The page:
Amidst all of our modern technologies, the typewriter still retains special significance. It’s a signifier of the writer, the critic, the intellectual. To own a typewriter as an ornament indicates a certain kind of person; to have a typewriter as a functioning object indicates yet another. Unlike the many multifunctional devices available today, typewriters were initially mono-functional. They did one thing and did it well.
Typewriter Art by Barrie Tullett chronicles the development of the typewriter as a medium for creating work far beyond anything envisioned by the machine’s makers and explains why it is still used by today’s artists as a medium despite its obsolescence as a writing tool.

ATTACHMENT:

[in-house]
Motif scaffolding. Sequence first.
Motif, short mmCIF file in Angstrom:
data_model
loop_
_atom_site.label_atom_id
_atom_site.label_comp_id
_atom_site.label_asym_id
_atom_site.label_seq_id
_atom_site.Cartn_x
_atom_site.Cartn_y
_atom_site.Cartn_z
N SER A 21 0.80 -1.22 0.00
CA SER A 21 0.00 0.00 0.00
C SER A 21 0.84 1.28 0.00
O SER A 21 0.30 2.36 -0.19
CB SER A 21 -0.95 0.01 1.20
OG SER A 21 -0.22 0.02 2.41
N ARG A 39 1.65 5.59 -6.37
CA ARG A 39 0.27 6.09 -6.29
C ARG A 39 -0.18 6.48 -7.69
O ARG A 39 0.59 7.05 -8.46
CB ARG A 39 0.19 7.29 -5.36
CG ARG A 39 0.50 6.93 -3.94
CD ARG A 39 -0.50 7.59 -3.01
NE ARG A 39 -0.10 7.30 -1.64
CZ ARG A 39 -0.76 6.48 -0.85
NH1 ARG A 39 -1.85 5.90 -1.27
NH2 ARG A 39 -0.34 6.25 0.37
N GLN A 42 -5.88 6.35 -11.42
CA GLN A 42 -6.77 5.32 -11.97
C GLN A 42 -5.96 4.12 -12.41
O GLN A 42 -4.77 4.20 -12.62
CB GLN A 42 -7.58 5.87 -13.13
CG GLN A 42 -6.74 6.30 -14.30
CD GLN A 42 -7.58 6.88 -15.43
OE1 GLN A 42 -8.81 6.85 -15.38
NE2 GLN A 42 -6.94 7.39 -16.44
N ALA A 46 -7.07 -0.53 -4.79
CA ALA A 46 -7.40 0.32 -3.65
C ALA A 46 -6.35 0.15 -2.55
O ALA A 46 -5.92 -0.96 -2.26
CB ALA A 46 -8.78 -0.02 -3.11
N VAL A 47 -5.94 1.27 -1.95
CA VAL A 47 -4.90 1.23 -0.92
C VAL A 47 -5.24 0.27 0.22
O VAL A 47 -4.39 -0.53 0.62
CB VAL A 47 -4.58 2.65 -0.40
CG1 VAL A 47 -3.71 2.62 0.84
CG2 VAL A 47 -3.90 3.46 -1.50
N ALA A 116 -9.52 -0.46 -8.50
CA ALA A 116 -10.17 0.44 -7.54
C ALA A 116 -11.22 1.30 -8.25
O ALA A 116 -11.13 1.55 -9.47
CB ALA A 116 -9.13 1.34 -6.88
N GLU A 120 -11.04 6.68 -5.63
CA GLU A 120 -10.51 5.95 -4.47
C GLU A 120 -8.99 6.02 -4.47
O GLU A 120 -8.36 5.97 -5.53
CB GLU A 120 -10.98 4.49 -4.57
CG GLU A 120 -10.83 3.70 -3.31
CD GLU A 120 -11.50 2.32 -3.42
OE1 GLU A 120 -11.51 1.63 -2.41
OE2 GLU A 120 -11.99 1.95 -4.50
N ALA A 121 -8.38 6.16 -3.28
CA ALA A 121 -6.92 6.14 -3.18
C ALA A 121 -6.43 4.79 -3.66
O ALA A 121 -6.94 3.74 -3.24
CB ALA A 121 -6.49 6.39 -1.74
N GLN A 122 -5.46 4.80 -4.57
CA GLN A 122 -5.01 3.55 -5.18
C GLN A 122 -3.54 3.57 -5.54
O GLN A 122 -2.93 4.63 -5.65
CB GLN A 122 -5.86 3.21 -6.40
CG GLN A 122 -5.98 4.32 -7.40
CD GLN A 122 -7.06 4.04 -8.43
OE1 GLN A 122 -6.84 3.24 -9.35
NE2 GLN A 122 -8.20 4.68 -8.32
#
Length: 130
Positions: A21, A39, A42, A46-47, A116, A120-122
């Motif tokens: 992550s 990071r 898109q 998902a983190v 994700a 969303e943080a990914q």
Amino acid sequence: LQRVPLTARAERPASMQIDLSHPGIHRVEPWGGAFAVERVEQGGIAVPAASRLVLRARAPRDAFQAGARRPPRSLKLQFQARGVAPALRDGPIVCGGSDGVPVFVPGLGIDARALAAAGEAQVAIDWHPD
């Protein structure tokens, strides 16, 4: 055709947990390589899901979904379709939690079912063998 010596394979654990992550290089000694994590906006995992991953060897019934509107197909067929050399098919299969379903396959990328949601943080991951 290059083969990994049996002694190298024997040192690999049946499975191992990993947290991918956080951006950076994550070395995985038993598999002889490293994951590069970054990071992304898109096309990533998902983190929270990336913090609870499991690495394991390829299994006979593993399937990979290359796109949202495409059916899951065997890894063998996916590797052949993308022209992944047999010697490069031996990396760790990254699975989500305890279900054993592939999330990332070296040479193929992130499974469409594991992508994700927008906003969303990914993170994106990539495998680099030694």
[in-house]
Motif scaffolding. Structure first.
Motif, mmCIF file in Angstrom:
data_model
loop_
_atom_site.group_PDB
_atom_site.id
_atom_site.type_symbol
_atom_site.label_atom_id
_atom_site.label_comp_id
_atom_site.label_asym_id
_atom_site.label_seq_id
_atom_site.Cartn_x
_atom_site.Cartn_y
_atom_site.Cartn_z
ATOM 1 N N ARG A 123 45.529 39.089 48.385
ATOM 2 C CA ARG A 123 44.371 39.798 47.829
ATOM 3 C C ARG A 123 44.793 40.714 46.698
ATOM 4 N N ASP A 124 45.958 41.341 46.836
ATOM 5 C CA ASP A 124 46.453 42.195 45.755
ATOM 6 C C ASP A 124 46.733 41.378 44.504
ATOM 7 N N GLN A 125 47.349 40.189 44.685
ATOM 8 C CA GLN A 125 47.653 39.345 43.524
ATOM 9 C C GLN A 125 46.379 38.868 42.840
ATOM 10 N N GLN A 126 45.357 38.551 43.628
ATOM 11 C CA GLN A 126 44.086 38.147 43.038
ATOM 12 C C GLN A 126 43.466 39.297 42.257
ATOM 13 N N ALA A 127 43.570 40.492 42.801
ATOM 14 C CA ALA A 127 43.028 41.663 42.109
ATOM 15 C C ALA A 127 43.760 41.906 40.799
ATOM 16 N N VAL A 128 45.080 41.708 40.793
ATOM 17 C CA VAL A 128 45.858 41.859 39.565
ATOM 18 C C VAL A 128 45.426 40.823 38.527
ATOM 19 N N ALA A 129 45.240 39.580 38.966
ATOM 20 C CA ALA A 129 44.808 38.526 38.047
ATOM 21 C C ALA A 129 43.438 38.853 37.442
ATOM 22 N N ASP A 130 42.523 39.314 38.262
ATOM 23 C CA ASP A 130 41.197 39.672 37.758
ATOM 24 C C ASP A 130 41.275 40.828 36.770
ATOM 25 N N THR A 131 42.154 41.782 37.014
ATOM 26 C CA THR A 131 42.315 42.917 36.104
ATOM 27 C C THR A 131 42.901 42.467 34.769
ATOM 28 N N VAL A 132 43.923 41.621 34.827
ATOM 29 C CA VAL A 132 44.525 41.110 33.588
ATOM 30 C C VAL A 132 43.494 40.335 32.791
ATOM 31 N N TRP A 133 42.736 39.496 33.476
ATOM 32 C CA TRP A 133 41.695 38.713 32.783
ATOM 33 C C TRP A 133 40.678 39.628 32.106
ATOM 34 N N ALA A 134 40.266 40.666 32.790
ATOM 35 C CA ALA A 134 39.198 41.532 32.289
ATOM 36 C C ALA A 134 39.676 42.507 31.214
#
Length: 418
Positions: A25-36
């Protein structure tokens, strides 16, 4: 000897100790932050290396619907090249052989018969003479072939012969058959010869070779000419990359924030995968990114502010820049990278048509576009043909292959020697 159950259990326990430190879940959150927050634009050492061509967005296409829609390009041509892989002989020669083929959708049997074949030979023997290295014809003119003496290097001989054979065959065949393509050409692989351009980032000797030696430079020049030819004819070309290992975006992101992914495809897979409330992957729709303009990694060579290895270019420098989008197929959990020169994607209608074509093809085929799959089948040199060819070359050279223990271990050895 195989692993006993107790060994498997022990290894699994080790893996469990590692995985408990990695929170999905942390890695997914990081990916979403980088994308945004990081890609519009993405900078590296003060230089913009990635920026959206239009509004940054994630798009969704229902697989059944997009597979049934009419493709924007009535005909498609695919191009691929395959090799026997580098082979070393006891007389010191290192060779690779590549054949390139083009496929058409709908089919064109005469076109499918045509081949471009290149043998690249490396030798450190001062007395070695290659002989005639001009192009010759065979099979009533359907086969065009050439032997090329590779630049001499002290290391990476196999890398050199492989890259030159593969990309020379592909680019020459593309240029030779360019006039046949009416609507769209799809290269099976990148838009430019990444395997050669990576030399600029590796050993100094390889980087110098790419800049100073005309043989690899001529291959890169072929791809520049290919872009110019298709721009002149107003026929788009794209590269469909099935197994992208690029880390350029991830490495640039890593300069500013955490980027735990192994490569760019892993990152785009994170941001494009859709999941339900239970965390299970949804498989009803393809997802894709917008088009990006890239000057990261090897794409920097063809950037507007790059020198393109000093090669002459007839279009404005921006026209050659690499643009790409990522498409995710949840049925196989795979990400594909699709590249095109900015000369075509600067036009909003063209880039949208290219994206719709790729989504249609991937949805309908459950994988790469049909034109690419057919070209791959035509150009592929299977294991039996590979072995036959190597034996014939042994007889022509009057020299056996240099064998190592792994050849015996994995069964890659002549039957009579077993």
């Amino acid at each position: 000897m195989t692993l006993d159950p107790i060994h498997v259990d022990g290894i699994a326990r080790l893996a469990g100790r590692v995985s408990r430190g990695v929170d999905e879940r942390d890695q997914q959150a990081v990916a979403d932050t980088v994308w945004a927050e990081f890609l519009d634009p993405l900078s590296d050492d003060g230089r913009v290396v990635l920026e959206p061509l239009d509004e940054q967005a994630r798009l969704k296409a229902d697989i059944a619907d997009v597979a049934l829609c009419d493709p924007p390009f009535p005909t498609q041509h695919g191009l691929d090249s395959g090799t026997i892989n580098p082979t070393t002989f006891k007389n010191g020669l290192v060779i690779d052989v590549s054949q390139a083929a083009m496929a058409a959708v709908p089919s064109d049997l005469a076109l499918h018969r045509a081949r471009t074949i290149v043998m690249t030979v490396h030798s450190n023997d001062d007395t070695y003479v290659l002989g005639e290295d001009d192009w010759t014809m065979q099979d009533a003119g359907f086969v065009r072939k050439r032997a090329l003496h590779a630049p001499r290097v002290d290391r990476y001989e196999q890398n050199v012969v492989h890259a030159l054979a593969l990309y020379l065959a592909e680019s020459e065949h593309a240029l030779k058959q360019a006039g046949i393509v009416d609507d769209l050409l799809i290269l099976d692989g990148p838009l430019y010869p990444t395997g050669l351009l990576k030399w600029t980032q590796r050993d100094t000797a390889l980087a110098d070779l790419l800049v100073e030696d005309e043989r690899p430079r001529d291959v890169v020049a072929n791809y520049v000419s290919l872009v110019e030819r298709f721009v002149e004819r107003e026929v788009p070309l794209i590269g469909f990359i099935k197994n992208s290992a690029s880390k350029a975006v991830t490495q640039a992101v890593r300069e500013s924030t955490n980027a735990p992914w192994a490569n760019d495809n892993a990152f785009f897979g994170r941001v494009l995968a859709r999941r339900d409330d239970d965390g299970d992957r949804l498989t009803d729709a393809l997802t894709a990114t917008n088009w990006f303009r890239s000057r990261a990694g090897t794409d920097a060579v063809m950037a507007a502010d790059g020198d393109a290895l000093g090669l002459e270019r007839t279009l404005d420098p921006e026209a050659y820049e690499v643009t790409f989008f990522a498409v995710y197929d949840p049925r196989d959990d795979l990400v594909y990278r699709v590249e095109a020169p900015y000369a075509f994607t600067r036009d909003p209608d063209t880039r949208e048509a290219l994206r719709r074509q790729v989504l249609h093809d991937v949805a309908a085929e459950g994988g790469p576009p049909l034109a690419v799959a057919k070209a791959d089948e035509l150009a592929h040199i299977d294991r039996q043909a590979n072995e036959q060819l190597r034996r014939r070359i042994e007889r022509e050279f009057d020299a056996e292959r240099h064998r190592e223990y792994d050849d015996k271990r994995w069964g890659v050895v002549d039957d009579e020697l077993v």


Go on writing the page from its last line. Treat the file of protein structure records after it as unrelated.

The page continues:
For some artists, it is an object to draw—from the machine itself or the ephemera associated with it—or an object to make art from. For others, however, the typewriter is a tool to draw with; a means of making art wherein the keyboard acts as a “palette.”
Below are some noteworthy examples from the book of typewriter art from 1800 to present day. Enjoy!
Untitled by Flora F.F. Stacey (1898)
‘the words we use are lovely’ by J.P. Ward (1973)
‘Unusual Love Poem’ by Andrew Belsey (1987)
Featured image: ‘Looking Forward’ by Leslie Nichols (2010)
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